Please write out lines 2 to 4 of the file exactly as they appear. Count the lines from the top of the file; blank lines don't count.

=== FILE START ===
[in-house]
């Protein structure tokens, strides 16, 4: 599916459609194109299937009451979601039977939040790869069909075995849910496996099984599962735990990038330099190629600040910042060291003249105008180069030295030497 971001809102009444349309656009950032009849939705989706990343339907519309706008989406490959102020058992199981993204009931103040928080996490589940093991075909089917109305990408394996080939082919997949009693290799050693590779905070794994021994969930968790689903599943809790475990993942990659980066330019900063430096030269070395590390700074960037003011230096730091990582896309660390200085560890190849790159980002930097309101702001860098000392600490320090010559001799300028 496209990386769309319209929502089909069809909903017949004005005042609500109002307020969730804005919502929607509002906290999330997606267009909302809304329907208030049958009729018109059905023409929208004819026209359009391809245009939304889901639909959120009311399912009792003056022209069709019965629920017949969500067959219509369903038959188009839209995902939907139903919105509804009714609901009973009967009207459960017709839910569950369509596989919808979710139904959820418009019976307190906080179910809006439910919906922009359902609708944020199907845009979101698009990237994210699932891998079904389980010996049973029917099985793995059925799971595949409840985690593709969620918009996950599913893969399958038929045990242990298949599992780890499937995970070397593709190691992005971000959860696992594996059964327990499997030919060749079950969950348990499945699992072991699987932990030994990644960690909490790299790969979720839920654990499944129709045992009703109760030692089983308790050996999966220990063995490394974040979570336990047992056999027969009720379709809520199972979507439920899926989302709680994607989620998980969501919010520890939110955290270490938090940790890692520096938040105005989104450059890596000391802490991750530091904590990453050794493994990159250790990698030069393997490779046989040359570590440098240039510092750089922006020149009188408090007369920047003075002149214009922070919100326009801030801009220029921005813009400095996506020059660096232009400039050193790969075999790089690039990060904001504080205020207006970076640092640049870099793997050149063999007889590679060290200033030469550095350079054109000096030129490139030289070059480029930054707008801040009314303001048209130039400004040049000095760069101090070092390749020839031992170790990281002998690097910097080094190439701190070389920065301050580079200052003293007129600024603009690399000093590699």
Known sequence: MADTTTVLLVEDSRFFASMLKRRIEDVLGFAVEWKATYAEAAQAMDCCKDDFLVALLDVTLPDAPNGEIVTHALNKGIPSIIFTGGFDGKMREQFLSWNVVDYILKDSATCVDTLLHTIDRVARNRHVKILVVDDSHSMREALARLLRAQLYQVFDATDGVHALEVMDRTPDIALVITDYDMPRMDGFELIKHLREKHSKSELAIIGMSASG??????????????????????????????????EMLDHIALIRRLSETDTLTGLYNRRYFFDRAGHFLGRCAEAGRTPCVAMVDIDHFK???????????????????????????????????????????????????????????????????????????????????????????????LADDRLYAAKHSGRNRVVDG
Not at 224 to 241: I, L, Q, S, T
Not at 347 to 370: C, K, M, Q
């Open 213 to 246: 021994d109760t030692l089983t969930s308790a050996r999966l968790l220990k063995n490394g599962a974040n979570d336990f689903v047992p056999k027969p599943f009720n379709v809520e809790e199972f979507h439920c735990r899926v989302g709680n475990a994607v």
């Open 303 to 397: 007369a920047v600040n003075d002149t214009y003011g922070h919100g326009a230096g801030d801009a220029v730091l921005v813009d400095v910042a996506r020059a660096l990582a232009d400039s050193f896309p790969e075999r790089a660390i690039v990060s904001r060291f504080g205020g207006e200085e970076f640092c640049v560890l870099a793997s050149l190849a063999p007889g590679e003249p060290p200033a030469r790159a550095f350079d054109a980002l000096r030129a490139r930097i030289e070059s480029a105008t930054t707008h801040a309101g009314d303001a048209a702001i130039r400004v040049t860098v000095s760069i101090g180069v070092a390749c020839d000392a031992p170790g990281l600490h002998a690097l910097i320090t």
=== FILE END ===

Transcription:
């Protein structure tokens, strides 16, 4: 599916459609194109299937009451979601039977939040790869069909075995849910496996099984599962735990990038330099190629600040910042060291003249105008180069030295030497 971001809102009444349309656009950032009849939705989706990343339907519309706008989406490959102020058992199981993204009931103040928080996490589940093991075909089917109305990408394996080939082919997949009693290799050693590779905070794994021994969930968790689903599943809790475990993942990659980066330019900063430096030269070395590390700074960037003011230096730091990582896309660390200085560890190849790159980002930097309101702001860098000392600490320090010559001799300028 496209990386769309319209929502089909069809909903017949004005005042609500109002307020969730804005919502929607509002906290999330997606267009909302809304329907208030049958009729018109059905023409929208004819026209359009391809245009939304889901639909959120009311399912009792003056022209069709019965629920017949969500067959219509369903038959188009839209995902939907139903919105509804009714609901009973009967009207459960017709839910569950369509596989919808979710139904959820418009019976307190906080179910809006439910919906922009359902609708944020199907845009979101698009990237994210699932891998079904389980010996049973029917099985793995059925799971595949409840985690593709969620918009996950599913893969399958038929045990242990298949599992780890499937995970070397593709190691992005971000959860696992594996059964327990499997030919060749079950969950348990499945699992072991699987932990030994990644960690909490790299790969979720839920654990499944129709045992009703109760030692089983308790050996999966220990063995490394974040979570336990047992056999027969009720379709809520199972979507439920899926989302709680994607989620998980969501919010520890939110955290270490938090940790890692520096938040105005989104450059890596000391802490991750530091904590990453050794493994990159250790990698030069393997490779046989040359570590440098240039510092750089922006020149009188408090007369920047003075002149214009922070919100326009801030801009220029921005813009400095996506020059660096232009400039050193790969075999790089690039990060904001504080205020207006970076640092640049870099793997050149063999007889590679060290200033030469550095350079054109000096030129490139030289070059480029930054707008801040009314303001048209130039400004040049000095760069101090070092390749020839031992170790990281002998690097910097080094190439701190070389920065301050580079200052003293007129600024603009690399000093590699």
Known sequence: MADTTTVLLVEDSRFFASMLKRRIEDVLGFAVEWKATYAEAAQAMDCCKDDFLVALLDVTLPDAPNGEIVTHALNKGIPSIIFTGGFDGKMREQFLSWNVVDYILKDSATCVDTLLHTIDRVARNRHVKILVVDDSHSMREALARLLRAQLYQVFDATDGVHALEVMDRTPDIALVITDYDMPRMDGFELIKHLREKHSKSELAIIGMSASG??????????????????????????????????EMLDHIALIRRLSETDTLTGLYNRRYFFDRAGHFLGRCAEAGRTPCVAMVDIDHFK???????????????????????????????????????????????????????????????????????????????????????????????LADDRLYAAKHSGRNRVVDG
Not at 224 to 241: I, L, Q, S, T